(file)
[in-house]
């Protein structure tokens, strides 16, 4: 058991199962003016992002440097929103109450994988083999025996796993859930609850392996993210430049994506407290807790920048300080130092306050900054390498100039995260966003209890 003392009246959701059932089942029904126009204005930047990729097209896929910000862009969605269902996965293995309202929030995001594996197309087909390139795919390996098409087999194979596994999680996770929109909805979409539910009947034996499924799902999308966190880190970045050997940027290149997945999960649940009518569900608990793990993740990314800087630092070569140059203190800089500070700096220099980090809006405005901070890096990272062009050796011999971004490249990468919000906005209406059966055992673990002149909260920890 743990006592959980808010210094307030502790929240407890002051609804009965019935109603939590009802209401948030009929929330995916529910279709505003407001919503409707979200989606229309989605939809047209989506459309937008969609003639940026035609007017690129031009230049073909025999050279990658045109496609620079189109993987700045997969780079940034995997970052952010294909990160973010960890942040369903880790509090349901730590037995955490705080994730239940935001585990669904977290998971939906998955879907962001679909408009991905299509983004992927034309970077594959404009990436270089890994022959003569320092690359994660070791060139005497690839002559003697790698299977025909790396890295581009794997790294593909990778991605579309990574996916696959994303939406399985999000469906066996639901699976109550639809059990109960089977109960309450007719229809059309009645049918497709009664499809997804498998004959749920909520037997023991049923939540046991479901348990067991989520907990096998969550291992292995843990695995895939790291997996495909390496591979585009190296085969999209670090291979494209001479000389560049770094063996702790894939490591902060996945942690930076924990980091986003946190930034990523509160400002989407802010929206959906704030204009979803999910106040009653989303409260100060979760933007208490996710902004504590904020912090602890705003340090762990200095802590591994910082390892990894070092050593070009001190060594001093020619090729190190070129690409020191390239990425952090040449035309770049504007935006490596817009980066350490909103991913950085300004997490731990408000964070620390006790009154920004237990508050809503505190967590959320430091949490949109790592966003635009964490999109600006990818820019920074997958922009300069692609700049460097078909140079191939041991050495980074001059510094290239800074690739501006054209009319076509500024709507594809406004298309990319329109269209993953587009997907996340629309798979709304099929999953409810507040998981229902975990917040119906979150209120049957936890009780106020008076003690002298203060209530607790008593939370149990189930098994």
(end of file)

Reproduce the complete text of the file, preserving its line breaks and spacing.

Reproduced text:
[in-house]
């Protein structure tokens, strides 16, 4: 058991199962003016992002440097929103109450994988083999025996796993859930609850392996993210430049994506407290807790920048300080130092306050900054390498100039995260966003209890 003392009246959701059932089942029904126009204005930047990729097209896929910000862009969605269902996965293995309202929030995001594996197309087909390139795919390996098409087999194979596994999680996770929109909805979409539910009947034996499924799902999308966190880190970045050997940027290149997945999960649940009518569900608990793990993740990314800087630092070569140059203190800089500070700096220099980090809006405005901070890096990272062009050796011999971004490249990468919000906005209406059966055992673990002149909260920890 743990006592959980808010210094307030502790929240407890002051609804009965019935109603939590009802209401948030009929929330995916529910279709505003407001919503409707979200989606229309989605939809047209989506459309937008969609003639940026035609007017690129031009230049073909025999050279990658045109496609620079189109993987700045997969780079940034995997970052952010294909990160973010960890942040369903880790509090349901730590037995955490705080994730239940935001585990669904977290998971939906998955879907962001679909408009991905299509983004992927034309970077594959404009990436270089890994022959003569320092690359994660070791060139005497690839002559003697790698299977025909790396890295581009794997790294593909990778991605579309990574996916696959994303939406399985999000469906066996639901699976109550639809059990109960089977109960309450007719229809059309009645049918497709009664499809997804498998004959749920909520037997023991049923939540046991479901348990067991989520907990096998969550291992292995843990695995895939790291997996495909390496591979585009190296085969999209670090291979494209001479000389560049770094063996702790894939490591902060996945942690930076924990980091986003946190930034990523509160400002989407802010929206959906704030204009979803999910106040009653989303409260100060979760933007208490996710902004504590904020912090602890705003340090762990200095802590591994910082390892990894070092050593070009001190060594001093020619090729190190070129690409020191390239990425952090040449035309770049504007935006490596817009980066350490909103991913950085300004997490731990408000964070620390006790009154920004237990508050809503505190967590959320430091949490949109790592966003635009964490999109600006990818820019920074997958922009300069692609700049460097078909140079191939041991050495980074001059510094290239800074690739501006054209009319076509500024709507594809406004298309990319329109269209993953587009997907996340629309798979709304099929999953409810507040998981229902975990917040119906979150209120049957936890009780106020008076003690002298203060209530607790008593939370149990189930098994």